Feeds

The Year in Operating Systems: No battle of big ideas

Small change for 2009

Secure remote control for conventional and virtual desktops

(Open)Solaris

The other big Unix, of course, is Sun's Solaris and OpenSolaris pairing. And the big news for Sun was, of course, getting the first and then a second release of OpenSolaris out the door based on the code created and maintained by the OpenSolaris community.

Unlike IBM and HP, Sun has open sourced its Solaris Unix and is trying to emulate the development and support style of the Linux community. To be specific, OpenSolaris is most like Canonical's Ubuntu in that customers can buy tech support for the development as well as commercial releases. Canonical, incidentally makes no distinction at all, and it is likely Sun will just have something called OpenSolaris 2009 at some point and be done with it.

Like the Linux distros, Sun is trying to make it easier for companies to spin their stacks of the operating system, middleware, and application software and then distribute these across the servers in their networks.

Sun's business plan is to make Solaris as easy, open, and modern - meaning updated on a six-month cycle - as a development Linux with the full support you can get from a commercial Unix or Linux distro.

While Sun distributed millions of freebie copies of Solaris 10 and now OpenSolaris, it remains to be seen whether the change from a closed-source, fee-based to an open-source operating system paid for using support contracts will pan out. It is not clear whether the change will not only protect the $1 billion-plus in Solaris licensing and support revenue, but also extend it and - here's the kicker - extend it profitably.

On the technology front, Solaris (whether it is open or compiled) is still well-regarded, and Sun tried to make lots of different kinds of hay out of the pairing of Solaris with its Zettabyte File System (ZFS).

ZFS has been given root file system status in Solaris now - an indication that Sun believes ZFS is absolutely ready for prime time - and Sun plus a handful of other storage makers spent their time creating solutions that pair Solaris and ZFS to make storage devices. This business, though, still does not yet contribute enough in terms of sales to Sun to make up for declining prices on midrange and large Unix iron and a shift away from Sparc to x64 processors from Intel and AMD by some of Sun's customers.

Given its customer base, its technology portfolio, and the nature of the systems market today, it is hard to imagine Sun coming up with a better strategy than it did.

The kinds of things Sun is doing with its operating system - supporting x64 iron enthusiastically, using a Linux-style development, distro, and support model, and such - are the correct things. However, Sun needed to do these things a decade ago as the Linux genie was coming out of the bottle. Linux doesn't fit into that bottle any more, and the real question you have to ask is this: will Linux stuff Solaris into that bottle?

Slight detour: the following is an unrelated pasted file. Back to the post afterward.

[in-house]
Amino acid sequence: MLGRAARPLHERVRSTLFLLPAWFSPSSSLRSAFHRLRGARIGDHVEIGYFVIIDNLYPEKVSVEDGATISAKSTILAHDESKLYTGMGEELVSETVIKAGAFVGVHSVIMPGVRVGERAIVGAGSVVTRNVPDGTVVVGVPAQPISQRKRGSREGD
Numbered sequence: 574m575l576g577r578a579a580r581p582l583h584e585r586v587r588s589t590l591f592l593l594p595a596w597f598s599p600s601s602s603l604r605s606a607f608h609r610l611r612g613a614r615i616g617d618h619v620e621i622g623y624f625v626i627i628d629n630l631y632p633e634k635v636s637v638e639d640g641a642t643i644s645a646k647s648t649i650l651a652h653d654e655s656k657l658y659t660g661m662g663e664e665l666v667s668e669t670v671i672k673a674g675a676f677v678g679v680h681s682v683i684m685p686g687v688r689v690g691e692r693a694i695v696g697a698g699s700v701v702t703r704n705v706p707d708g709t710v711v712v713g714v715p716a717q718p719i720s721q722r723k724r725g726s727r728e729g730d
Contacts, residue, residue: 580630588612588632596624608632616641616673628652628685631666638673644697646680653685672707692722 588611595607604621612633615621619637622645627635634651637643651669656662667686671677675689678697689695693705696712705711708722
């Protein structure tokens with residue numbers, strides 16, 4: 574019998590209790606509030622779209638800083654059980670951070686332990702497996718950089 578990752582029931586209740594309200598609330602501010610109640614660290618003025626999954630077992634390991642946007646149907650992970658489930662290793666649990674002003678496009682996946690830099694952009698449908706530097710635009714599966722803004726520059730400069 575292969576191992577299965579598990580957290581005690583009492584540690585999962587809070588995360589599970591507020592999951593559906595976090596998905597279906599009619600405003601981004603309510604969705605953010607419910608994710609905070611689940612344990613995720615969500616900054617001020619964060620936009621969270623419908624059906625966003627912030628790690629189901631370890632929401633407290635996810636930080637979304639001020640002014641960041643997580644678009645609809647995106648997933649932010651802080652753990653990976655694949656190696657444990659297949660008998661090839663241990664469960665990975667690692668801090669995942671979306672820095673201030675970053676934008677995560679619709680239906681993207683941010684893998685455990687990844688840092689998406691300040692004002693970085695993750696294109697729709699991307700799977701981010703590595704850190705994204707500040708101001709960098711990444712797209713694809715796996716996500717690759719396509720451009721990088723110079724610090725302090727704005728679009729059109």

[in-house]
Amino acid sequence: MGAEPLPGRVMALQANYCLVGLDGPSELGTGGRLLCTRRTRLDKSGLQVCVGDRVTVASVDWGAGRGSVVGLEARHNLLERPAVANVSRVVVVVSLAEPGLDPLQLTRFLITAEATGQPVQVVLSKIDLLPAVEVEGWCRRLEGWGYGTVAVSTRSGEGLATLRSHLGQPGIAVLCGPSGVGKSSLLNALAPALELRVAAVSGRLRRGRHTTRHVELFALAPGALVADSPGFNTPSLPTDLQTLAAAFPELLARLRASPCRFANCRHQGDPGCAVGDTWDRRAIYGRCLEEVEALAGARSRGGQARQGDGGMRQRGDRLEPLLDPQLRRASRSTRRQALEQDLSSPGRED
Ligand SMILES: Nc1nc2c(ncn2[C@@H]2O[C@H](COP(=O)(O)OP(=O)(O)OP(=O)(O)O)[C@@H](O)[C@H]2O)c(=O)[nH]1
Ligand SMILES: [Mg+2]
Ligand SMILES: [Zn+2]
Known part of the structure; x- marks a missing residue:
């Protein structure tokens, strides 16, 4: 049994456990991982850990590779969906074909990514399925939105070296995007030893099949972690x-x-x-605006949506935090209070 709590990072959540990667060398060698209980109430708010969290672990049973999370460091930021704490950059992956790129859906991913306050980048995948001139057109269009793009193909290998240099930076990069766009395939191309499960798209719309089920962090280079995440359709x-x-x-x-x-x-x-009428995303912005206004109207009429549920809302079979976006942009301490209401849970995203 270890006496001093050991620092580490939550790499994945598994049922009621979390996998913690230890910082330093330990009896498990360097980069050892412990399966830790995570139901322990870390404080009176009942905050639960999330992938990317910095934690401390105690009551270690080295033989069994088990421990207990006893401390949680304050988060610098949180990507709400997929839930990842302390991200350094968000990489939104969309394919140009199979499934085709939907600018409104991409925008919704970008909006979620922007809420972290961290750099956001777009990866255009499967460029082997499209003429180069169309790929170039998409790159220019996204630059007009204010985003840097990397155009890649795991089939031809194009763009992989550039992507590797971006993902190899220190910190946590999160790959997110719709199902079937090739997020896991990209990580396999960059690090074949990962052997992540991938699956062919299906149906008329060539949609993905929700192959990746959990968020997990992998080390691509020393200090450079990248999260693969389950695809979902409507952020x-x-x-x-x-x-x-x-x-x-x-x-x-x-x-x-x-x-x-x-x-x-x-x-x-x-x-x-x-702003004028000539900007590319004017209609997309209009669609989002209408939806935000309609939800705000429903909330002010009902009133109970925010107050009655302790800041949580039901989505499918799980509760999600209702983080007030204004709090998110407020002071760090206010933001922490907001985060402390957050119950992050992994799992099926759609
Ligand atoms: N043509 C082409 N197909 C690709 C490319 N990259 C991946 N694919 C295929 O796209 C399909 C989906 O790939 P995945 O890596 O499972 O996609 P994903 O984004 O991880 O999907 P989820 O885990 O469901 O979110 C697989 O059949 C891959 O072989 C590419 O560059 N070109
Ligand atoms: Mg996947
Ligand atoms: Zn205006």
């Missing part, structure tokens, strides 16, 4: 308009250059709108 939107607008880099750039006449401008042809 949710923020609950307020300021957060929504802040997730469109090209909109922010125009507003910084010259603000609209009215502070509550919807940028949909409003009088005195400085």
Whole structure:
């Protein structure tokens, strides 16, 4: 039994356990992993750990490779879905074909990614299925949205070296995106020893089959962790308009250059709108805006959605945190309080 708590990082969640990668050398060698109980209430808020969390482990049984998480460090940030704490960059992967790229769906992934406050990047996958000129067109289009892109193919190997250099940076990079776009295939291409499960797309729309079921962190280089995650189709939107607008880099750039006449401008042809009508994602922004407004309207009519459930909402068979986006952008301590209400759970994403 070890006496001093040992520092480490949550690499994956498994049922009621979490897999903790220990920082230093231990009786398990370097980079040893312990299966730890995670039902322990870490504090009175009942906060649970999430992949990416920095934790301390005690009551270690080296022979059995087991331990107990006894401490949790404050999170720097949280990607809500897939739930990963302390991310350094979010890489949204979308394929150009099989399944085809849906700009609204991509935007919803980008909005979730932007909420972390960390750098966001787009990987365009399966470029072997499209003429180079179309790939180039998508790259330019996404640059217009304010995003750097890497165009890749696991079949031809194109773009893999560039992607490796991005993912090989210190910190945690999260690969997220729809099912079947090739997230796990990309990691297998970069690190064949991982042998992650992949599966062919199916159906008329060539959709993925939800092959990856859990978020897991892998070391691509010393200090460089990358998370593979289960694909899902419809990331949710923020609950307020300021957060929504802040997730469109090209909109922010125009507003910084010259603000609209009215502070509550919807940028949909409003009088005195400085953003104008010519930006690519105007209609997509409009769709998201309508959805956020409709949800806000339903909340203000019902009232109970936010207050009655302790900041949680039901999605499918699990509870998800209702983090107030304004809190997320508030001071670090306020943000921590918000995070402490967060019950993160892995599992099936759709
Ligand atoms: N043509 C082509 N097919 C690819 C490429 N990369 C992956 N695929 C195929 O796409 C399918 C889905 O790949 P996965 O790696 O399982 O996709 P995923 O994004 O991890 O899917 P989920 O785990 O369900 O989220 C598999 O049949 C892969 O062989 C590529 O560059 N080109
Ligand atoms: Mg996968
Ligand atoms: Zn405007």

Top 5 reasons to deploy VMware with Tegile

Next page: Duck and cover

More from The Register

next story
PEAK APPLE: iOS 8 is least popular Cupertino mobile OS in all of HUMAN HISTORY
'Nerd release' finally staggers past 50 per cent adoption
Microsoft to bake Skype into IE, without plugins
Redmond thinks the Object Real-Time Communications API for WebRTC is ready to roll
Microsoft promises Windows 10 will mean two-factor auth for all
Sneak peek at security features Redmond's baking into new OS
Mozilla: Spidermonkey ATE Apple's JavaScriptCore, THRASHED Google V8
Moz man claims the win on rivals' own benchmarks
Yes, Virginia, there IS a W3C HTML5 standard – as of now, that is
You asked for it! You begged for it! Then you gave up! And now it's HERE!
FTDI yanks chip-bricking driver from Windows Update, vows to fight on
Next driver to battle fake chips with 'non-invasive' methods
DEATH by PowerPoint: Microsoft warns of 0-day attack hidden in slides
Might put out patch in update, might chuck it out sooner
Ubuntu 14.10 tries pulling a Steve Ballmer on cloudy offerings
Oi, Windows, centOS and openSUSE – behave, we're all friends here
prev story

Whitepapers

Why cloud backup?
Combining the latest advancements in disk-based backup with secure, integrated, cloud technologies offer organizations fast and assured recovery of their critical enterprise data.
Getting started with customer-focused identity management
Learn why identity is a fundamental requirement to digital growth, and how without it there is no way to identify and engage customers in a meaningful way.
Reg Reader Research: SaaS based Email and Office Productivity Tools
Read this Reg reader report which provides advice and guidance for SMBs towards the use of SaaS based email and Office productivity tools.
Top 5 reasons to deploy VMware with Tegile
Data demand and the rise of virtualization is challenging IT teams to deliver storage performance, scalability and capacity that can keep up, while maximizing efficiency.
Reducing the cost and complexity of web vulnerability management
How using vulnerability assessments to identify exploitable weaknesses and take corrective action can reduce the risk of hackers finding your site and attacking it.